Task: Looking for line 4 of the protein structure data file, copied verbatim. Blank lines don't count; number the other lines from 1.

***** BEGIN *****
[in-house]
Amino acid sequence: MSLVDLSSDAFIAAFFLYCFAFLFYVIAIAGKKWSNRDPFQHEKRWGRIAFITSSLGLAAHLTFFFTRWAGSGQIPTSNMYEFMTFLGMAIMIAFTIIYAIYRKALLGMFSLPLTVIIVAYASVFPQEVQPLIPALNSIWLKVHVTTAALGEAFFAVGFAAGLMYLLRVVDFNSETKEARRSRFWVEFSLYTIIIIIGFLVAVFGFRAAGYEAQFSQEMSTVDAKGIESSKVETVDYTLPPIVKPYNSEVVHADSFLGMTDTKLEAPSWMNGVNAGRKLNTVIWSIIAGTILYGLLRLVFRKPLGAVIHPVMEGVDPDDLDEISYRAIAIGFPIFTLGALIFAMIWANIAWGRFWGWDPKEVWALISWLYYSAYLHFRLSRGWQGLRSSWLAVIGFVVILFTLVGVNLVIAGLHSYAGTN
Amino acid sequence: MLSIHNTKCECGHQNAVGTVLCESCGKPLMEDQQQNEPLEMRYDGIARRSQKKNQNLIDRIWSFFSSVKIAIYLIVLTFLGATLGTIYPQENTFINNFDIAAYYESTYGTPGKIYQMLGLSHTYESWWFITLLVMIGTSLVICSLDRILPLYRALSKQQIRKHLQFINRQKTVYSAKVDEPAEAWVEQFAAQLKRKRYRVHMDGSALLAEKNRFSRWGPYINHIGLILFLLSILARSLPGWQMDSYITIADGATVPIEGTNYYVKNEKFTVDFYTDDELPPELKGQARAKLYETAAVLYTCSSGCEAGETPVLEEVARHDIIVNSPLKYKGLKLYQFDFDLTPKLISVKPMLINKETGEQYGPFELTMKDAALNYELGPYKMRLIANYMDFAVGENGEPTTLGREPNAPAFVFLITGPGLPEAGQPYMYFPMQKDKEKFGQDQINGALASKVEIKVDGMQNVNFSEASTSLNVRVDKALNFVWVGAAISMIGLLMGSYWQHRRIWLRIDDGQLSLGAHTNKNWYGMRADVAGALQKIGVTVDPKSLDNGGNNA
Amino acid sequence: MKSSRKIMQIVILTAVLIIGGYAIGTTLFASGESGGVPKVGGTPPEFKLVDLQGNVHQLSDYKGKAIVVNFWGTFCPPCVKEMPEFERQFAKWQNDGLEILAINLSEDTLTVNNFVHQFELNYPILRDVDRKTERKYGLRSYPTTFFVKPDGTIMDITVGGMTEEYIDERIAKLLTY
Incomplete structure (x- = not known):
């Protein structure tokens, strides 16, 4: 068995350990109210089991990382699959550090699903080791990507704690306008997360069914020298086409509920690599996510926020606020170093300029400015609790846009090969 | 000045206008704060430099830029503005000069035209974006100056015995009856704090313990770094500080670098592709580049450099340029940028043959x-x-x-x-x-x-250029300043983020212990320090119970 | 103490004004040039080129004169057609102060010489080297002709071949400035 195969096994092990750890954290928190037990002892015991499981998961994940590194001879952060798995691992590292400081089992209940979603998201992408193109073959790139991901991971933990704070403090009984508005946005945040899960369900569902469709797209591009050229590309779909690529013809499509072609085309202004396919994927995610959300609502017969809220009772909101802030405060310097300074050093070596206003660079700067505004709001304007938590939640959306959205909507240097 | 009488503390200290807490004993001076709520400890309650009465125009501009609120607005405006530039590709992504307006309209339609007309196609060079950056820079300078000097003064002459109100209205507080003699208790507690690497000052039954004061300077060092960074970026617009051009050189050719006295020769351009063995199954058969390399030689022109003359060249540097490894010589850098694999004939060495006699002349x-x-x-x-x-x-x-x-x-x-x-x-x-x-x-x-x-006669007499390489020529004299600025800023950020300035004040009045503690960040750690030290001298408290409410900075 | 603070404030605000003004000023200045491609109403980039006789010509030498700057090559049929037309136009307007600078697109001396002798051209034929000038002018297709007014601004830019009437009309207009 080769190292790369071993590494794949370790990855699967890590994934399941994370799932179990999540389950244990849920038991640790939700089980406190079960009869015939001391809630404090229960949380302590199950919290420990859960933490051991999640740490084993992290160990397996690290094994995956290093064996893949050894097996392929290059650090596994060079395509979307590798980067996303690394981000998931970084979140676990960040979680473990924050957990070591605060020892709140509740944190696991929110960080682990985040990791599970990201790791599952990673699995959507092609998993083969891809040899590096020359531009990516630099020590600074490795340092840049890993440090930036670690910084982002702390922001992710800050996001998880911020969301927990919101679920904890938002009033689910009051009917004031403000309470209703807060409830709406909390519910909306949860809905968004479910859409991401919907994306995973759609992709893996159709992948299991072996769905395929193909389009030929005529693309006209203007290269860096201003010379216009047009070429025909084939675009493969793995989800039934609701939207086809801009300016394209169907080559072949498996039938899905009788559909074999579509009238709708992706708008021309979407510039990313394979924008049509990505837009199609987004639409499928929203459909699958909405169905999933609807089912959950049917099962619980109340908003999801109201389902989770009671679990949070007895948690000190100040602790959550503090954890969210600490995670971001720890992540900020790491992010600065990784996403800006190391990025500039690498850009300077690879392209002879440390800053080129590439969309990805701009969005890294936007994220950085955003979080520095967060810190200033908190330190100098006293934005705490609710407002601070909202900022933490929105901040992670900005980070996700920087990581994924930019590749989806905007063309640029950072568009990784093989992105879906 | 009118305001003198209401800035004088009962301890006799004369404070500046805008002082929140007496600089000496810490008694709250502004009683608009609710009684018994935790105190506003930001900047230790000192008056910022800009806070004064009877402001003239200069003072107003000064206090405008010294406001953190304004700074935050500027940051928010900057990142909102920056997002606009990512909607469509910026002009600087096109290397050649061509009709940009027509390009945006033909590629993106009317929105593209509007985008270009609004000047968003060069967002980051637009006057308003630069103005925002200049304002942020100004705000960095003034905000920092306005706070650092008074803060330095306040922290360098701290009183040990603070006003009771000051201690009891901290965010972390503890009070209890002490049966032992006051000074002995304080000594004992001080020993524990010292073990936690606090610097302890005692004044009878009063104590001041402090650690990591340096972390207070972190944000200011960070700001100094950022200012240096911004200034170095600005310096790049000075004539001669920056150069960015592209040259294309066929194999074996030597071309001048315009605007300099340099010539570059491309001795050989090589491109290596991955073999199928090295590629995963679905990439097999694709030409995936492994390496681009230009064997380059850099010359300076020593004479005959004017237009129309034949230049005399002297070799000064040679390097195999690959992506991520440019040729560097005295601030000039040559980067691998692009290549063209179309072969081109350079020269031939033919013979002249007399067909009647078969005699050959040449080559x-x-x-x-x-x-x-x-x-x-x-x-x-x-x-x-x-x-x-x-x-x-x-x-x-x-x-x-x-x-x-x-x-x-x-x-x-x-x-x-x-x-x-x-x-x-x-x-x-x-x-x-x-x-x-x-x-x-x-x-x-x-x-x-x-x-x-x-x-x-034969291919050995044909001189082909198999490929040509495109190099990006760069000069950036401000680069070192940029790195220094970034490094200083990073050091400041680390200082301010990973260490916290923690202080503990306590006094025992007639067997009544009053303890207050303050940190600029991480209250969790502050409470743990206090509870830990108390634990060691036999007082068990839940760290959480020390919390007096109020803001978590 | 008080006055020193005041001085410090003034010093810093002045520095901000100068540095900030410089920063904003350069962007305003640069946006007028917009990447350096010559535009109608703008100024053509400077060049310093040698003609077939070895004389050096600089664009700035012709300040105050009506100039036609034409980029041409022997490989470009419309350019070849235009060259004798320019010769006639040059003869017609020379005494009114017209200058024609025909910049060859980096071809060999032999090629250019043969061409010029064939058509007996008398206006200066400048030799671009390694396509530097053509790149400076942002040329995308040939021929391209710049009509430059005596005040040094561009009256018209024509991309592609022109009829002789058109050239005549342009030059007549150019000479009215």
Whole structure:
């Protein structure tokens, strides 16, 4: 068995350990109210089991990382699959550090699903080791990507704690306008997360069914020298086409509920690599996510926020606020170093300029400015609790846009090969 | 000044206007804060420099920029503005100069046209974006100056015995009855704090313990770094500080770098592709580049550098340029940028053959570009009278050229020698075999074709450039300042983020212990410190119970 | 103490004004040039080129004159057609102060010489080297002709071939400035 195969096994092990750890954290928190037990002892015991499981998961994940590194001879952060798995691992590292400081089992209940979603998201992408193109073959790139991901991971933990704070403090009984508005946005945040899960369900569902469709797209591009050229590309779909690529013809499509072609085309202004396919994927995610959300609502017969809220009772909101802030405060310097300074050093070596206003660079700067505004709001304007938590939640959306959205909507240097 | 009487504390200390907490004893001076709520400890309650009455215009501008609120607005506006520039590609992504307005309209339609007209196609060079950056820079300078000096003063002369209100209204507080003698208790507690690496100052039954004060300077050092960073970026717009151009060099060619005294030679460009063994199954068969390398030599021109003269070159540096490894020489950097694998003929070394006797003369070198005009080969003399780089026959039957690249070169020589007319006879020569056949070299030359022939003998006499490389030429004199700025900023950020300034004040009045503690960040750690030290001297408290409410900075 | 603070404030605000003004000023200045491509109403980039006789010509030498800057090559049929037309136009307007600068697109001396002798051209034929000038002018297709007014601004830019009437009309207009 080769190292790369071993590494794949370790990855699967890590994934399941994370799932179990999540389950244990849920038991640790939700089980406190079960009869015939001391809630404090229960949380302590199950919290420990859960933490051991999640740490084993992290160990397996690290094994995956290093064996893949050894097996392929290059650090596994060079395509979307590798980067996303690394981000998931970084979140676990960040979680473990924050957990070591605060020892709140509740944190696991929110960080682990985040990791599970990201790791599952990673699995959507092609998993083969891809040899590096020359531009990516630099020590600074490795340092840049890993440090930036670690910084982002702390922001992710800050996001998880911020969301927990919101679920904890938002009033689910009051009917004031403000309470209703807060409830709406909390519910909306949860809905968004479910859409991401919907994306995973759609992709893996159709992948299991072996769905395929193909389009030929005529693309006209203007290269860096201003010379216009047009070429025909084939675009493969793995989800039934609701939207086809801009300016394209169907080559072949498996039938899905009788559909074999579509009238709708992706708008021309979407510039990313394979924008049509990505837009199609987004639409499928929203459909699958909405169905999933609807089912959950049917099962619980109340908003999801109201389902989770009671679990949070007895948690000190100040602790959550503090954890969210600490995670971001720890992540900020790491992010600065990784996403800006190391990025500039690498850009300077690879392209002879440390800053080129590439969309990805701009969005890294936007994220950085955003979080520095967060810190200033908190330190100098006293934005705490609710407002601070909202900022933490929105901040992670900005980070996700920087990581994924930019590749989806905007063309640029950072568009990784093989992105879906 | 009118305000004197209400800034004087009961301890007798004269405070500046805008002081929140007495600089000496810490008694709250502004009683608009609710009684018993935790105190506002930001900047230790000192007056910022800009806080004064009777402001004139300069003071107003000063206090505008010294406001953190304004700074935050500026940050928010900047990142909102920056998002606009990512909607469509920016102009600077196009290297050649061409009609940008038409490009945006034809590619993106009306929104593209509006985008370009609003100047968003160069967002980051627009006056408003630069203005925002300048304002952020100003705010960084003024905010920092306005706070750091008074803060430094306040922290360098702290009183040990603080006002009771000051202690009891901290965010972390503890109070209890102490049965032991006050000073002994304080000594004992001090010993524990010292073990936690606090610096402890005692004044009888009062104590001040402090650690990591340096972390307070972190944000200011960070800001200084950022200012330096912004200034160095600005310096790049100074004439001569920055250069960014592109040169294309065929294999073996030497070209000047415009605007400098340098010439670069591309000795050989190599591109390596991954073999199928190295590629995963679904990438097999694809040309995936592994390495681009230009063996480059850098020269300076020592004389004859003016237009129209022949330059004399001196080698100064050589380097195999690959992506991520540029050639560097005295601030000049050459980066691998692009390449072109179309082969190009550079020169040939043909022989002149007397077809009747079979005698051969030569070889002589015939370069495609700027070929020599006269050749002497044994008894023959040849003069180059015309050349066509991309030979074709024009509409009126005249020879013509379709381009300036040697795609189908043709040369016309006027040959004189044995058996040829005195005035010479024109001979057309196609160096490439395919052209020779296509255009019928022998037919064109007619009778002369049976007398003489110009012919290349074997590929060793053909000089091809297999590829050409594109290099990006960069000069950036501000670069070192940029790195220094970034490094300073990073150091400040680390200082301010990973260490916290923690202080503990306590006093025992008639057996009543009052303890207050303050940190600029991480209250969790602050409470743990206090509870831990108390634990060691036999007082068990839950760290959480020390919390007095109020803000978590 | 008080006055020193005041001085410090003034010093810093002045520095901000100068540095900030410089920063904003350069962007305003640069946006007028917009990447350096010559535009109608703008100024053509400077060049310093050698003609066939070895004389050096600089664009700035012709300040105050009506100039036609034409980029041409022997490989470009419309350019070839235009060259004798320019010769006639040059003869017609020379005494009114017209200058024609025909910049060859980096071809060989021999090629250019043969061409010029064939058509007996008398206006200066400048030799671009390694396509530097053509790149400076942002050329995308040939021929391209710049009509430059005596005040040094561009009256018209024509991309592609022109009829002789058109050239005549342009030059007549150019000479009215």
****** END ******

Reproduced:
Amino acid sequence: MKSSRKIMQIVILTAVLIIGGYAIGTTLFASGESGGVPKVGGTPPEFKLVDLQGNVHQLSDYKGKAIVVNFWGTFCPPCVKEMPEFERQFAKWQNDGLEILAINLSEDTLTVNNFVHQFELNYPILRDVDRKTERKYGLRSYPTTFFVKPDGTIMDITVGGMTEEYIDERIAKLLTY